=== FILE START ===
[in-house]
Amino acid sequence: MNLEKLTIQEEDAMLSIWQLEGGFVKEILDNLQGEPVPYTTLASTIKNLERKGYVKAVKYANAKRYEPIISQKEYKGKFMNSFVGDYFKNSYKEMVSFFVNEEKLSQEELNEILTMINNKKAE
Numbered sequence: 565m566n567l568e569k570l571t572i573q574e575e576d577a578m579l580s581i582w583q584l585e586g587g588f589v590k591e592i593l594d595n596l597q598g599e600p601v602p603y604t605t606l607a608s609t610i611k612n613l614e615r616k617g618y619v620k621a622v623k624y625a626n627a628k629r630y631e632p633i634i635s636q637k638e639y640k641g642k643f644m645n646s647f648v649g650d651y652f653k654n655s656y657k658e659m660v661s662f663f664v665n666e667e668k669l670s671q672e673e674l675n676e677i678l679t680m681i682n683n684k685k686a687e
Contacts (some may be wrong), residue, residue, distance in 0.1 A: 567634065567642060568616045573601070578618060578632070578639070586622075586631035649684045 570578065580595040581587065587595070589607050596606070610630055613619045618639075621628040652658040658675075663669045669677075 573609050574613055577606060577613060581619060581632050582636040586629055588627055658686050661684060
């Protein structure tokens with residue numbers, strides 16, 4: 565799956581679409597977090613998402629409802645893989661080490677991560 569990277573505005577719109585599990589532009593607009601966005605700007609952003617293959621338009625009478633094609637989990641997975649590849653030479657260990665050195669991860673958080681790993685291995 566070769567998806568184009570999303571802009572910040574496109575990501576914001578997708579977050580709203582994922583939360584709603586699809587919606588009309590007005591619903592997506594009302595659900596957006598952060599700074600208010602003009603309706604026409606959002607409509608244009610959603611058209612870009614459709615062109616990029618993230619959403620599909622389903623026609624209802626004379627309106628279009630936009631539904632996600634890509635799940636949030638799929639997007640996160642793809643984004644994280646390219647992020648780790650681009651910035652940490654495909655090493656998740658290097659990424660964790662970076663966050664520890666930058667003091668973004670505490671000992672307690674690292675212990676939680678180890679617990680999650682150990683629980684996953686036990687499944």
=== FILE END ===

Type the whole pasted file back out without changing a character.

[in-house]
Amino acid sequence: MNLEKLTIQEEDAMLSIWQLEGGFVKEILDNLQGEPVPYTTLASTIKNLERKGYVKAVKYANAKRYEPIISQKEYKGKFMNSFVGDYFKNSYKEMVSFFVNEEKLSQEELNEILTMINNKKAE
Numbered sequence: 565m566n567l568e569k570l571t572i573q574e575e576d577a578m579l580s581i582w583q584l585e586g587g588f589v590k591e592i593l594d595n596l597q598g599e600p601v602p603y604t605t606l607a608s609t610i611k612n613l614e615r616k617g618y619v620k621a622v623k624y625a626n627a628k629r630y631e632p633i634i635s636q637k638e639y640k641g642k643f644m645n646s647f648v649g650d651y652f653k654n655s656y657k658e659m660v661s662f663f664v665n666e667e668k669l670s671q672e673e674l675n676e677i678l679t680m681i682n683n684k685k686a687e
Contacts (some may be wrong), residue, residue, distance in 0.1 A: 567634065567642060568616045573601070578618060578632070578639070586622075586631035649684045 570578065580595040581587065587595070589607050596606070610630055613619045618639075621628040652658040658675075663669045669677075 573609050574613055577606060577613060581619060581632050582636040586629055588627055658686050661684060
């Protein structure tokens with residue numbers, strides 16, 4: 565799956581679409597977090613998402629409802645893989661080490677991560 569990277573505005577719109585599990589532009593607009601966005605700007609952003617293959621338009625009478633094609637989990641997975649590849653030479657260990665050195669991860673958080681790993685291995 566070769567998806568184009570999303571802009572910040574496109575990501576914001578997708579977050580709203582994922583939360584709603586699809587919606588009309590007005591619903592997506594009302595659900596957006598952060599700074600208010602003009603309706604026409606959002607409509608244009610959603611058209612870009614459709615062109616990029618993230619959403620599909622389903623026609624209802626004379627309106628279009630936009631539904632996600634890509635799940636949030638799929639997007640996160642793809643984004644994280646390219647992020648780790650681009651910035652940490654495909655090493656998740658290097659990424660964790662970076663966050664520890666930058667003091668973004670505490671000992672307690674690292675212990676939680678180890679617990680999650682150990683629980684996953686036990687499944």